5. intensive care unit physician staffing;
6. care for low birth weight infants in neonatal intensive care units;
7. open-heart surgery;
8. percutaneous coronary interventions (heart procedures or treatments that are performed through the skin, such as angioplasty).

Another difference is that while Leapfrog was focused on urban hospitals, the Michigan coalition will survey all hospitals. "Even if certain clinical procedures addressed in the MH&SC survey aren’t applicable to their facilities, Michigan hospitals want to work collaboratively and collect information that will be useful to them and to their communities," she explains. "At the end of our survey, we will ask hospital providers to agree to participate in what we call implementation work groups.’" In those work groups, Goeschel says, members will examine the guidelines, analyze any gaps between the survey results and those guidelines, and then develop strategies to close the gaps.

Is there a linkage between the emergence of The Leapfrog Group and the Michigan coalition? "The link between The Leapfrog Group and our coalition is one of common interests," Goeschel says. "It’s clear that providers want to be responsive to employers and purchasers in this area. Our hospitals wanted to be at the table, to take the lead. And because of our experience, we wanted to move beyond strictly looking at volume as an indicator of quality."

Goeschel says she is hopeful that Michigan institutions meeting their coalition standards also will meet those of The Leapfrog Group. "Based on our coalition work, Leapfrog elected to delay rolling out their survey in Michigan, although we were one of the six original designated regions," she notes. "We’re communicating with The Leapfrog Group and others to see how our survey information will be most useful. We expect to learn a tremendous amount from this process. The insights of users’ of the information are critical to future enhancements of the survey instrument and to the work of the implementation work groups."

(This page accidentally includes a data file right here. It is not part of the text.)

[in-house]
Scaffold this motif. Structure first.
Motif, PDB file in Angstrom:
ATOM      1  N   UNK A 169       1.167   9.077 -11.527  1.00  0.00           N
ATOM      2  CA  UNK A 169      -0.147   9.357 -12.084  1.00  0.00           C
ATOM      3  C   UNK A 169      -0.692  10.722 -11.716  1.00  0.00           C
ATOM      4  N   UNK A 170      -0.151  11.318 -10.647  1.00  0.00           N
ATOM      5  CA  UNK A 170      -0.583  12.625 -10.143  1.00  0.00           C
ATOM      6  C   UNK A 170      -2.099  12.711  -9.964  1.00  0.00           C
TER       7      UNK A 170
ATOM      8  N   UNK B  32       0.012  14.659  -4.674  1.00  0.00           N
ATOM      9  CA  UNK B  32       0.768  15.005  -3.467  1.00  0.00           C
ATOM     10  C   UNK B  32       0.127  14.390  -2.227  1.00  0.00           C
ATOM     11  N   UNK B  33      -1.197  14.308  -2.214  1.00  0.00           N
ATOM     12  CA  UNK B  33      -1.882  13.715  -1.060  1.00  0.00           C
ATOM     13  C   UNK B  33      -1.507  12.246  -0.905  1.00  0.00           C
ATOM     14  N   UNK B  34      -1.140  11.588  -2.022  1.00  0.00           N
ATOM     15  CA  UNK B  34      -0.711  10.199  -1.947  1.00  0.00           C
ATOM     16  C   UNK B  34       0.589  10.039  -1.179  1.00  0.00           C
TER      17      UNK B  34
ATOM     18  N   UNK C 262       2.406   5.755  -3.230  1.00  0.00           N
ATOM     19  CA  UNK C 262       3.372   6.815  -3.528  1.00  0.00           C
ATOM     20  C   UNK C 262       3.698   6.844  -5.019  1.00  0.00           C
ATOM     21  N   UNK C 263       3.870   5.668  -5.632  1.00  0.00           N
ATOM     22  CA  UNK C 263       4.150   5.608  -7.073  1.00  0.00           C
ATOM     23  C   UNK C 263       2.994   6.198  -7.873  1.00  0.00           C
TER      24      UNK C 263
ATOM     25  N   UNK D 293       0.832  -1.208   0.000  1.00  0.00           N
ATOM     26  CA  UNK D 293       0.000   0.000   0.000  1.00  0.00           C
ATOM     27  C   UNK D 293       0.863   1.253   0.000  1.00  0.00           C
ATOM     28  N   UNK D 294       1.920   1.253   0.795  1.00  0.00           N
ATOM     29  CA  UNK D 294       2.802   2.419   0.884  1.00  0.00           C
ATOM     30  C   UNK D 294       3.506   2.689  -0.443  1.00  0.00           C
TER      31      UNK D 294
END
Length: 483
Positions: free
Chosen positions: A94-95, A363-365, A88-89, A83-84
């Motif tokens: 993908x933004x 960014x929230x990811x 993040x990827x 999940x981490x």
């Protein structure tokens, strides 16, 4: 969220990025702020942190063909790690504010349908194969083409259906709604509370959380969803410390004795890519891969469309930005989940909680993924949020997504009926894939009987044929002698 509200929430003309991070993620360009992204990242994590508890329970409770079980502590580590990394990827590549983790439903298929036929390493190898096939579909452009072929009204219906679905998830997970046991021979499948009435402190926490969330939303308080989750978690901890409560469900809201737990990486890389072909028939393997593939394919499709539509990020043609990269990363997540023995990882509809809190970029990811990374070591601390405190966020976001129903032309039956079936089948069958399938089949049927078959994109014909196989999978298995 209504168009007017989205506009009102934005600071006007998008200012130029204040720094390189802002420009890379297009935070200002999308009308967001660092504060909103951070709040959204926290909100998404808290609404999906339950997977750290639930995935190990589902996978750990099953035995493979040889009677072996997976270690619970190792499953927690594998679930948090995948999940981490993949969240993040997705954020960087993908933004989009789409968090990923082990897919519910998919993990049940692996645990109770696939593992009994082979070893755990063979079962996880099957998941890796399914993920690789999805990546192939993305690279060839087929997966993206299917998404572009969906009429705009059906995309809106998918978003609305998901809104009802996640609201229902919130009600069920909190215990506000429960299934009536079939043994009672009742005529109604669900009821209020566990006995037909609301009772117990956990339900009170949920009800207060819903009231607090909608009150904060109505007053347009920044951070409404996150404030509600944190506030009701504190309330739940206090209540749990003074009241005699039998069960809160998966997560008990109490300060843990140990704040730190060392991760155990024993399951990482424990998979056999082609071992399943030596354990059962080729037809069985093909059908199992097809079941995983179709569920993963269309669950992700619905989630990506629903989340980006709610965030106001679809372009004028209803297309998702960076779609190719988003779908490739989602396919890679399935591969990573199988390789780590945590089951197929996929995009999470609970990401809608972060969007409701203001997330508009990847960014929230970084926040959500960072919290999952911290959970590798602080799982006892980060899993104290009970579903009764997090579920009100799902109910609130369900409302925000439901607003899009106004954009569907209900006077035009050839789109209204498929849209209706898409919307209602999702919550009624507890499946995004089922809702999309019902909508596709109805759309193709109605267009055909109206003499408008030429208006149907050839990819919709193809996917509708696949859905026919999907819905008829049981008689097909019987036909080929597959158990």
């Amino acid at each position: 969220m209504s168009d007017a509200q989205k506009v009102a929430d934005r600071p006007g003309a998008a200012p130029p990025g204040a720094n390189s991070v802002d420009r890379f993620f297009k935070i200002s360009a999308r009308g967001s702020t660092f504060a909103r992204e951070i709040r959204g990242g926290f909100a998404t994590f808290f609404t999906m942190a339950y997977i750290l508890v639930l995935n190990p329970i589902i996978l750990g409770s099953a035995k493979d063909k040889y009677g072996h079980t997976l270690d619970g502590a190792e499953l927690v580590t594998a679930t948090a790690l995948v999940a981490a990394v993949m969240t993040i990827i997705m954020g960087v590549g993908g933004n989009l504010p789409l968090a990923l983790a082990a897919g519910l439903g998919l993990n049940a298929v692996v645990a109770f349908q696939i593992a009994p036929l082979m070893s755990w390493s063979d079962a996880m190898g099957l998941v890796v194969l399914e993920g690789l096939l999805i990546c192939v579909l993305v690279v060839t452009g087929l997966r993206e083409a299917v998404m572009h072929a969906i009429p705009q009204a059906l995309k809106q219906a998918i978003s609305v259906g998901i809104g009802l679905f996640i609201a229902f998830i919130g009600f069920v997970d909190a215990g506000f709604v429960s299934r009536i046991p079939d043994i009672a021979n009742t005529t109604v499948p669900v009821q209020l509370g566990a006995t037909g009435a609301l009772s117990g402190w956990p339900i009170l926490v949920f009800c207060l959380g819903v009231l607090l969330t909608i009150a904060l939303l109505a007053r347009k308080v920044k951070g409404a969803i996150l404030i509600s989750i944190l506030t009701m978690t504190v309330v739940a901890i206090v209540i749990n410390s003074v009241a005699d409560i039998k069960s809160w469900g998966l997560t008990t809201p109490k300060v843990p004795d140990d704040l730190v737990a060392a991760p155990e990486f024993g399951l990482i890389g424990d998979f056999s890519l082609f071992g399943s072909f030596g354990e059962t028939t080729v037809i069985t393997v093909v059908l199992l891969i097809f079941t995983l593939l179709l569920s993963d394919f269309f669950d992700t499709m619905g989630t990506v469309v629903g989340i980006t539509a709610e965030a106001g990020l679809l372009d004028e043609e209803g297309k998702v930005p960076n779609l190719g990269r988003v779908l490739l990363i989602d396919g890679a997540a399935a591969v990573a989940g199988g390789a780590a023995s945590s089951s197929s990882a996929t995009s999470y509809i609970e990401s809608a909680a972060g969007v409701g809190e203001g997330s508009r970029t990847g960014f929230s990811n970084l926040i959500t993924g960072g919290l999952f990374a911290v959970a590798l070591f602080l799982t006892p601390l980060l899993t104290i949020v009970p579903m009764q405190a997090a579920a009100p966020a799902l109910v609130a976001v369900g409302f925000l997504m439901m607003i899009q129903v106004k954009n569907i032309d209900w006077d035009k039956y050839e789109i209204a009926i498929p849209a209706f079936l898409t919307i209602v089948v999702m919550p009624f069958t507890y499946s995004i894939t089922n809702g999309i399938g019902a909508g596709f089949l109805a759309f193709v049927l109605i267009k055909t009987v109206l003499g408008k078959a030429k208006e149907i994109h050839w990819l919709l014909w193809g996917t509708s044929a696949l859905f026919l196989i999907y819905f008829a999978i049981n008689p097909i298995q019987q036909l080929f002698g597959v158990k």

All of these efforts point to a brighter future for patient safety improvement, says Drury. "I think that as the Leapfrog standards get refined, it could be positive," she offers. "It, at least, opens the door to having quality and attention to patient safety be a condition of participating in the market — a cost of doing business. For the most part, the only cost has been the cost of doing business, so potentially, this is a positive force for creating a safer environment."

Goeschel agrees. "Quite honestly, there is a recognition that the industry needs to be responsive to the perceptions and the needs of purchasers and employers," she says. "The best way to accomplish this is to collaborate on initiatives that are of value to both."

For more information contact:

Chris Goeschel, RN, MPA, MPS, Senior Director of Health Care Quality, Michigan Health & Hospital Association, 6215 W. St. Joseph’s Highway, Lansing, MI 48917. Telephone: (517) 886-8384. E-mail: cgoeschel@lanf.mha.org. Web site: www.mha.org.

Patricia Drury, MBA, Drury & Associates, P.O. Box 46026, Eden Prairie, MN 55344. Telephone: (952) 829-9233. Fax: (952) 903-0388. E-mail: pdrury19@skypoint.com.

Eugene Fibuch, MD, Associate Director of Medical Affairs, St. Luke’s Hospital, 4400 Wornall, Kansas City, MO 64111. Telephone: (816) 932-2000.